Album from UNAIDS Photo Galleries
Portraits of Commitment: You don't have to be in power to be a leader
06 October 2008
Portraits of Commitment” is a stunning and thought-provoking book of photographic portraits which was launched by the Asia Pacific leadership Forum on HIV/AIDS and Development (APLF). The book features people from all walks of life in South Asia who, for a range of different reasons, are working to raise awareness among their communities about HIV.
Shazia Marri: Politician, Pakistan “You’d be surprised that many parliamentarians don’t know what HIV is.” Shazia was married at 13 and entered politics at 29 as a parliamentarian in Sindh province and daringly introduced an AIDS bill.
Malvika Subba: Former Miss Nepal “People listen to what I say.” While competing for Miss Nepal in 2002, Malvika Subba made a speech about the need for AIDS awareness among the young. She won the title and now promotes AIDS awareness as a television presenter. “I want to make it easier for young people to talk about issues so they don’t have to take up drugs.”
Laxmi Narayan Tripathi: Dancer, activist, India “Many hijras, my friends, started dying and I didn’t know how to save them.” At 14 Laxmi joined the transgender hijra. Hijras are largely shunned and Laxmi turned to campaigning and providing social support. “It was a responsibility I couldn’t walk away from - to make sure no more died because they couldn’t receive treatment.”
Jahnabi Goswami: Director of “Assam Network of Positive People,” India “It’s our responsibility as positive people to give information to others.” At 15, Jahnabi Goswami was married to an HIV positive man. He and their child later died. It was two years before she was able to find out about HIV. Her family, friends and neighbours encouraged her to “do something”.
Sadhguru Jaggi Vasudev: Spiritual guru, India “This was something we could not ignore.” Sadhguru Jaggi Vasudev has brought spirituality and yoga to the treatment of people living with HIV through the Isha Foundation. There are 150 centres worldwide. In the media and among the public, Sadhguru rallies against stigma and discrimination."
Huma Khawar: Journalist, Pakistan “I realised that unless you give a human face to the AIDS story, you can’t convince people that it’s here.” Huma Khawar was the first journalist in Pakistan to look seriously into the scope and impact of AIDS. She has won wide recognition for her work.
Mostafa Kamal Jatra: Drama therapist, Bangladesh “I choose to empower.” Mostafa Kamal Jatra founded the United Theatre for Social Action which addresses community issues and individual therapy through street theatre and one-to-one. “Slum people are not literate, how can they read about precautions? If we make the message visual, they will remember.”
Rahul Dravid: India Cricket Captain, India “I knew so little about AIDS but I saw that it was reaching beyond high-risk groups.” Rahul Dravid is ranked among the 10 best batsmen in the world. He has recorded TV and radio messages that aim to reach villages to raise AIDS awareness. “People working on the ground tell me that what we do makes a difference.”
Deepak and Rosy Khadgi: Nepal “We sell my art to raise money for positive people.” Deepak Khadgi and his wife Rosy are former injecting drug users and are both HIV-positive. They have set up an NGO offering counselling and livelihood skills. “My wife and I have been through a lot of pain, mostly because of people who shunned us. We decided to take it upon ourselves to help ourselves and others.”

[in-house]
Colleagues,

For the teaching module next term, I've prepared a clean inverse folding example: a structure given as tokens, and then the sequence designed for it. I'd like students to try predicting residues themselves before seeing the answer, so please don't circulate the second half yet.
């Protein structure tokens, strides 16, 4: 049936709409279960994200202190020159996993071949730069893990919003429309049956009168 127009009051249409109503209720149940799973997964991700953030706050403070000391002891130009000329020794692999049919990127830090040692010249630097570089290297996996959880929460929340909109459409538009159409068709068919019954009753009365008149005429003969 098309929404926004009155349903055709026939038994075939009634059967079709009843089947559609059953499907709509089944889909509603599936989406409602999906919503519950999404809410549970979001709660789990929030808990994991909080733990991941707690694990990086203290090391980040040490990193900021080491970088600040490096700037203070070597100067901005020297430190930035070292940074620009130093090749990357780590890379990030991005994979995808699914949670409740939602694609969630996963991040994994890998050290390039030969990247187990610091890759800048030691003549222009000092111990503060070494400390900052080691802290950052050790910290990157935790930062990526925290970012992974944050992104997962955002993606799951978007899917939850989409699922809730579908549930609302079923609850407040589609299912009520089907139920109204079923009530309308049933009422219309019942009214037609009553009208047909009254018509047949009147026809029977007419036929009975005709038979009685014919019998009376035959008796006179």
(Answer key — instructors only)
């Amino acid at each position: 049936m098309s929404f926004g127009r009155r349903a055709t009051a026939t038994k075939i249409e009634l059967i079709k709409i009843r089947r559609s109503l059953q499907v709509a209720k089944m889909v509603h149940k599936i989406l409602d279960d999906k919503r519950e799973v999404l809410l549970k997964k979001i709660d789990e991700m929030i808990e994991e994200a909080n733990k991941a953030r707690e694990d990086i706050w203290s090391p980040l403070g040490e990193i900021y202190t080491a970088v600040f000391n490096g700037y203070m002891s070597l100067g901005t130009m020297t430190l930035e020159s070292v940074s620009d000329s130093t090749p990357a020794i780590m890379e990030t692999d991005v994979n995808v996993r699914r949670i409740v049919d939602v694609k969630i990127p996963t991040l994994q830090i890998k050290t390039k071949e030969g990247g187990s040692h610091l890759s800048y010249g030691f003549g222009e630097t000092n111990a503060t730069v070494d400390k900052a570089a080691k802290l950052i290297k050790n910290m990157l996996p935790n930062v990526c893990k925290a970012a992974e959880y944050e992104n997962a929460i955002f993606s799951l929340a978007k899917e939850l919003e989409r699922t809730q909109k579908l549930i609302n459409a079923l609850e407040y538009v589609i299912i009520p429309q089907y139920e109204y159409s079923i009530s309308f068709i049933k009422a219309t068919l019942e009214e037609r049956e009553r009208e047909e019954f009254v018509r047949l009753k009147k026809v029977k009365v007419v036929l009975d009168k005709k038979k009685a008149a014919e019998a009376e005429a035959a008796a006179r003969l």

Shalina Bharat: Dean of the School of Health Systems Studies Mumbai, India “Research should have a purpose... it should make some impact on policy” Shalina Bharat conducted the first research into AIDS-related stigma, discrimination and denial. This gave international policymakers their first real insight into marginalized groups and those most at risk, particularly women. She also produced ground breaking research into the household and community response to AIDS.
Princey Mangalika: President, Lanka Plus, Sri Lanka “Villagers had seen me bathing my husband in the backyard and were worried when it rained they would get AIDS.” When her husband died of AIDS, neighbours threatened to kill Princey Mangalika. After finding she was HIV-positive, she became a counsellor and co-founded Lanka Plus. “I’m not going to let another woman get infected.”
Rubina Asim and Asim Ashraf: HIV-negative wife and HIV-positive husband Rubina: “One of the reasons we got married is to show it’s not right to hate or have stigma against HIV-positive people, but to let them live and enjoy life.” Asim: “She told me that I do so much for others, and she wanted to do something for me and my family, and together we’ll work for others.”
Tahir Baig Barlas: Health & Safety Manager, Shell Pakistan “AIDS is knocking at our door. We have the opportunity to do something now.” Dr Tahir Baig Barlas established a workplace policy on AIDS. By localizing Shell’s guidelines, he addressed taboo subjects - sexual behaviour and stigma - in workplace discussions. “It’s all about risk management. If there’s no safety, there’s no business.”
Yusif Hamid: Humanitarian drug maker, India Yusif Hamid heads Cipla, one of the leading manufacturers of generic drugs. “Things designed or invented using public-funded research should be public property. I’m a great believer that life-saving drugs should be made available freely in developing countries and that there should be no monopolies in health care.”
Dr Michael Abeyaratne: Husband and campaigner, Sri Lanka “People used to ask me why I’m doing this, hanging around, wasting my life. I said I didn’t make vows in public but to myself.” Dr Michael Abeyaratne’s wife was the first in Sri Lanka to say she was HIV-positive on national TV. She’d been infected through a blood transfusion. Her husband; a paediatric surgeon gave up his career to help her in her AIDS-related work before she died.